Tax-saving fixed deposits (FDs) are one of the investment strategies that count for Section 80C tax deductions. A tax-saver FD has a 5-year maturity period with no premature withdrawal option. A tax-saver FD has a 5-year maturity period. Premature withdrawals are not permitted in tax-deferred savings accounts. The 5-year National Savings Certificate (NSC) from the post office, on the other hand, comes with an income tax exemption. Bank interest rates can fluctuate at any time, but NSC rates are regulated by the government which makes it one of the most favoured tax-saving investments under section 80C. As both tax-saving schemes come with a lock-in period of 5 years let's compare the both to make you choose the best for your personal finance.
5-Year National Savings Certificate
National Savings Certificates (NSC) comes with a range of benefits. Some of them are as follows:
Rate of interest: The interest rate on NSC is currently 6.8% per annum, and it is updated quarterly by the government of India. The returns are much higher if we compare the interest rate of NSC with tax-saving FDs of SBI, ICICI, HDFC and Axis Bank.
Safety: Since NSC is backed by the government, it offers greater security than banks, which may go to bankruptcy in the potential.
Tax benefits: NSC, on the other hand, has a feature that no other fixed-income tax-saving fund has. Under Section 80C of the IT Act, interest earned annually in NSC is considered to be reinvested (for the first four years). In other terms, interest counts for a tax gain per annum up to a limit of Rs 1.5 lakh.
Premature withdrawal: In the NSC, there is no option for early withdrawal before the 5- or 10-year period is finished. NSCs can only be withdrawn early if the holder dies.
Loan against deposit facility: If you need a loan, you can use National Saving Certificates (NSC) as security. This alternative is ideal since the interest charged on loans secured by NSCs is far lower than that charged on personal loans.
Deposit limit: One can purchase NSC from any post office by depositing a minimum amount of Rs 1000 and in multiple of Rs. 100, with no upper limit.
5-year Tax Saving FDs
You can choose either a private, public, or Small Finance Bank to get tax benefits by investing in a 5-year tax-saving fixed deposit. To learn more about tax-saving FDs, look through the details below.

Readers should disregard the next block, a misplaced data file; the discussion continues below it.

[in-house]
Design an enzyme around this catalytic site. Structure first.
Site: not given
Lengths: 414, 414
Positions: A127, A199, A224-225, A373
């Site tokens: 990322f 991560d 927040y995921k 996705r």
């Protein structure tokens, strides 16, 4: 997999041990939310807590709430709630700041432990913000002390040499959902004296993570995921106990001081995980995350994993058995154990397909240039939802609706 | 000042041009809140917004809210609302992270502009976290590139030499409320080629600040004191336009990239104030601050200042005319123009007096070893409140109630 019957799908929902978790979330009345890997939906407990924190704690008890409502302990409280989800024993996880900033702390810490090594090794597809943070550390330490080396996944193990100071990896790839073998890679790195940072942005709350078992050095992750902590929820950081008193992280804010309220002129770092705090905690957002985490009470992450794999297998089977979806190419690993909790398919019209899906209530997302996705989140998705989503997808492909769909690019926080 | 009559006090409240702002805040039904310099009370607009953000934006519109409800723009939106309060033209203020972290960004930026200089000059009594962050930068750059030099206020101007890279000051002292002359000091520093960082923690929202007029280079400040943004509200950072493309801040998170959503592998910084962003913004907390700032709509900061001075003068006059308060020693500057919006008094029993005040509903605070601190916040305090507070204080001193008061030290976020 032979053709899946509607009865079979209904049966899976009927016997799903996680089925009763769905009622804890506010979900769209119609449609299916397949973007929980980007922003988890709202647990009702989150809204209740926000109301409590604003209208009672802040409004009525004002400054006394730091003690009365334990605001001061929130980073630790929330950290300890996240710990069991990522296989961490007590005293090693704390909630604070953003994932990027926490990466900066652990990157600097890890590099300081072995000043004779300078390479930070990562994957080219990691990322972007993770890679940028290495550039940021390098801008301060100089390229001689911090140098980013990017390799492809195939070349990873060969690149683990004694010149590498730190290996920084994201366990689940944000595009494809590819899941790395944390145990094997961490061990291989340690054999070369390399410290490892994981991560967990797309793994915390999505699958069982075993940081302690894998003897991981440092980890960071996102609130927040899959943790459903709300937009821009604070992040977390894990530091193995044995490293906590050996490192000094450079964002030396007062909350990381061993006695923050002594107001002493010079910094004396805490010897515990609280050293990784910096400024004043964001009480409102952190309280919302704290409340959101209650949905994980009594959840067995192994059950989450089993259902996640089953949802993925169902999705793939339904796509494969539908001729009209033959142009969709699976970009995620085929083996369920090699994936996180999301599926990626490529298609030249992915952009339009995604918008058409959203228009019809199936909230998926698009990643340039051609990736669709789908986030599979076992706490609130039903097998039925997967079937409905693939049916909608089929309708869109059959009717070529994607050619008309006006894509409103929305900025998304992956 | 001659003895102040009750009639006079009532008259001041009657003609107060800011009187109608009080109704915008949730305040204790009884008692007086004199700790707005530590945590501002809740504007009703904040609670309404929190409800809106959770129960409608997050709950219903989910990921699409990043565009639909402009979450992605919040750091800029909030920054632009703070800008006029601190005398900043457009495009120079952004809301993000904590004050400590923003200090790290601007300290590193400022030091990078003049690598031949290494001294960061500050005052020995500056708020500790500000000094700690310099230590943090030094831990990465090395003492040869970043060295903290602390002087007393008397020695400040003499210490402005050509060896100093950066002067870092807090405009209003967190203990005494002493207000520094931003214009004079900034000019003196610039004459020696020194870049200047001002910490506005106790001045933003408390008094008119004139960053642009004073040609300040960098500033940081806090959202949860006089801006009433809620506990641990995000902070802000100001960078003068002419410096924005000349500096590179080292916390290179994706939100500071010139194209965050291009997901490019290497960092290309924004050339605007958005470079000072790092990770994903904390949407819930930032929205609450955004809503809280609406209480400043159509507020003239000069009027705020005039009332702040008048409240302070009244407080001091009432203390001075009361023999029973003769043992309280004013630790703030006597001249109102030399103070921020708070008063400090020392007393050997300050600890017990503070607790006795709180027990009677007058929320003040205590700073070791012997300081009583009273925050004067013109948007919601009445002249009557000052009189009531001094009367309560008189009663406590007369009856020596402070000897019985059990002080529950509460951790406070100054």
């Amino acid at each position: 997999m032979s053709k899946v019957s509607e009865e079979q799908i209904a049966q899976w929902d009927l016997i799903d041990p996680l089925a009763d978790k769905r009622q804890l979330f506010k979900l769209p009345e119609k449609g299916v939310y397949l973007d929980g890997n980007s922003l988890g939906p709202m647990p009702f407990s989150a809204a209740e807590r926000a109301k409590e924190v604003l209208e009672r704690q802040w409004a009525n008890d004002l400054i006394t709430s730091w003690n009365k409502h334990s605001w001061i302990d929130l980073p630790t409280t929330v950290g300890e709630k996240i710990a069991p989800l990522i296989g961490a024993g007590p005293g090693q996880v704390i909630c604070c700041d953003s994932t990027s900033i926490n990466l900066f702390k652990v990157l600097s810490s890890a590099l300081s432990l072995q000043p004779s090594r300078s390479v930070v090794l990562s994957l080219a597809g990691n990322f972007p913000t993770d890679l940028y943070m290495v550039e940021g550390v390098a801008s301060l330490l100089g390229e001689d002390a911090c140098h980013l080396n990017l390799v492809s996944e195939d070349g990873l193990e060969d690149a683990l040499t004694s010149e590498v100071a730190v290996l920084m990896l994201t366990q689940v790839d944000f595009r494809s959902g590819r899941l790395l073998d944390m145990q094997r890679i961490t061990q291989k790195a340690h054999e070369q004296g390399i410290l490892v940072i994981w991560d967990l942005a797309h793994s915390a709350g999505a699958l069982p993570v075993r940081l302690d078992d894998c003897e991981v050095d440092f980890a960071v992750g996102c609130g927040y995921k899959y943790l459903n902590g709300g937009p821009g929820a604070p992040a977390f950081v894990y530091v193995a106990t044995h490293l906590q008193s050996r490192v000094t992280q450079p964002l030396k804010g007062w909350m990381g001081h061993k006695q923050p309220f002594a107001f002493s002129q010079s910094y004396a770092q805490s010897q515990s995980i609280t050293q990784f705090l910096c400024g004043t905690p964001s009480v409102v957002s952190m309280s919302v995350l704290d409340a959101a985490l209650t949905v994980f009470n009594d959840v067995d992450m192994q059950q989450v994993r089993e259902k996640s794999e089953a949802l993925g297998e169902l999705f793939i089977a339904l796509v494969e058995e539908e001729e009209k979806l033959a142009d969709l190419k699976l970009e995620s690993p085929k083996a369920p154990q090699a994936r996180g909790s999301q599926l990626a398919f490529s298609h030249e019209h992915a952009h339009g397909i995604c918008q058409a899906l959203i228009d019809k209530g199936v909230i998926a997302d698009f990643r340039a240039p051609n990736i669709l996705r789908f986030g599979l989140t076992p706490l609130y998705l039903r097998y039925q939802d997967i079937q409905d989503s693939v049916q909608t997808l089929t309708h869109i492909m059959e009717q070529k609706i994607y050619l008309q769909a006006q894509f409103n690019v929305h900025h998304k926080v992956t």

Rate of interest: Interest rates on tax-saving FDs vary from bank to bank and type of depositor i.e. non-senior or senior citizen. The latest rates on tax-saving FDs are as high as 7.25 percent, which is higher than the interest rate on bank savings accounts. To know more about tax-saving FD rates, click here.
Safety: Tax saving FDs which allow tax deductions are also risk-free which means that the returns are not market-based. The amount invested is fully secured and even returns are promised.
Deposit limit: One can make deposits in tax-saving FDs with a small amount which varies from bank to bank. The maximum amount that can be invested in a financial year is set at Rs. 1.5 lakh, which is also the limit for tax-saving contributions under section 80C of the Income Tax Act.
Loan and premature withdrawal option: Premature withdrawals and loan against deposit under tax-saving deposits are not allowed.
Nomination: These FDs have a nomination facility. That being said, if the deposit is made for and maintained by or on behalf of a minor, the nomination facility is not open.
Benefit for senior citizens: Most of the banks provide senior citizens somewhat higher interest rates on Fixed Deposits compared to non-senior citizens. This interest rate gap also continues for tax-saving FDs. Senior citizens, on the other hand, are not liable for higher tax-saving FD interest rates at the post office.
TDS: Individuals must pay TDS if their gross interest received in a financial year surpasses Rs 40,000. Section 80TTB allows senior citizens to claim a deduction of up to Rs 50,000 on interest received on deposits. TDS is deducted from the interest received based on the investor's tax slab rate. By submitting Form 15G to the bank (or Form 15H for senior citizens) to the bank one can avoid TDS.
10 Best Tax-Saving FDs
Below are the top 10 banks including (small finance, public sector and private sector) which are currently providing higher returns on 5-year tax-saving fixed deposits:
|Sr No.||Banks||ROI in % for non-senior citizens||ROI in % for senior citizens|
|1||Suryoday Small Finance Bank||7.25||7.75|
|2||Jana Small Finance Bank||7||7.5|
|3||Utkarsh Small Finance Bank||6.75||7.25|
|4||Ujjivan Small Finance Bank||6.75||7.25|
|8||AU Small Finance Bank||6.25||7|
|9||Union Bank of India||5.55||6.05|
For the financially savvy, investment as a means of creating wealth is often a lucrative concept. Although both fixed deposits and NSCs have positive investment prospects, NSCs are the clear first choice because of the higher and more stable returns they offer than what offered currently provided by some small finance banks as per the above table. Compounding is undertaken on an annual basis in NSCs and quarterly in bank FDs which is worth considering here apart from the returns only. Both are fixed-income instruments that allow tax deductions under section 80C, which means that both can be a perfect bet for a conservative or risk-averse investor. Fixed income instruments, such as FDs and NSC, are strategies for wealth generation and do not serve in the long run to achieve inflation-beating returns as NPS and ELSS do. Hence, it can be a smart move if you only after considering your income slab diversify your holdings across NSC and Tax-saving FDs to meet your potential goals on the go.